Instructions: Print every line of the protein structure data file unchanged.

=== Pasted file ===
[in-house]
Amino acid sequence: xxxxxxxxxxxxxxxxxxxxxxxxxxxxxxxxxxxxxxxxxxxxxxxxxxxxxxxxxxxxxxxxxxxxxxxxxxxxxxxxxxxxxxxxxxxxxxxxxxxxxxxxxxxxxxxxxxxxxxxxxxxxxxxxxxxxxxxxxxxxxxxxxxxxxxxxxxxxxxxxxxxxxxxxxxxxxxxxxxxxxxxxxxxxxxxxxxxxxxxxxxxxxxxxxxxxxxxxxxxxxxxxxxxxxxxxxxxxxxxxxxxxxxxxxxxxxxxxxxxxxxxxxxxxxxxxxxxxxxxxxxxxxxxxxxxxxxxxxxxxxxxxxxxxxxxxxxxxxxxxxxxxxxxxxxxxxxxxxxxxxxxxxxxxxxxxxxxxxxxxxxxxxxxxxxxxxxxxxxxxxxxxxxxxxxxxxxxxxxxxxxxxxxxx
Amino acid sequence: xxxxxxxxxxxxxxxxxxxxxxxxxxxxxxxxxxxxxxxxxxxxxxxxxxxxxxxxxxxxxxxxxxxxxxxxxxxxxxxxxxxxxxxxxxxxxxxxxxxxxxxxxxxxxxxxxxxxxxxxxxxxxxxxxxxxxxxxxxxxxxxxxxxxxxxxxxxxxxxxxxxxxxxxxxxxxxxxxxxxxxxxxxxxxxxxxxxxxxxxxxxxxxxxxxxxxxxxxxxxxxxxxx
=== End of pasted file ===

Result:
[in-house]
Amino acid sequence: xxxxxxxxxxxxxxxxxxxxxxxxxxxxxxxxxxxxxxxxxxxxxxxxxxxxxxxxxxxxxxxxxxxxxxxxxxxxxxxxxxxxxxxxxxxxxxxxxxxxxxxxxxxxxxxxxxxxxxxxxxxxxxxxxxxxxxxxxxxxxxxxxxxxxxxxxxxxxxxxxxxxxxxxxxxxxxxxxxxxxxxxxxxxxxxxxxxxxxxxxxxxxxxxxxxxxxxxxxxxxxxxxxxxxxxxxxxxxxxxxxxxxxxxxxxxxxxxxxxxxxxxxxxxxxxxxxxxxxxxxxxxxxxxxxxxxxxxxxxxxxxxxxxxxxxxxxxxxxxxxxxxxxxxxxxxxxxxxxxxxxxxxxxxxxxxxxxxxxxxxxxxxxxxxxxxxxxxxxxxxxxxxxxxxxxxxxxxxxxxxxxxxxxx
Amino acid sequence: xxxxxxxxxxxxxxxxxxxxxxxxxxxxxxxxxxxxxxxxxxxxxxxxxxxxxxxxxxxxxxxxxxxxxxxxxxxxxxxxxxxxxxxxxxxxxxxxxxxxxxxxxxxxxxxxxxxxxxxxxxxxxxxxxxxxxxxxxxxxxxxxxxxxxxxxxxxxxxxxxxxxxxxxxxxxxxxxxxxxxxxxxxxxxxxxxxxxxxxxxxxxxxxxxxxxxxxxxxxxxxxxxx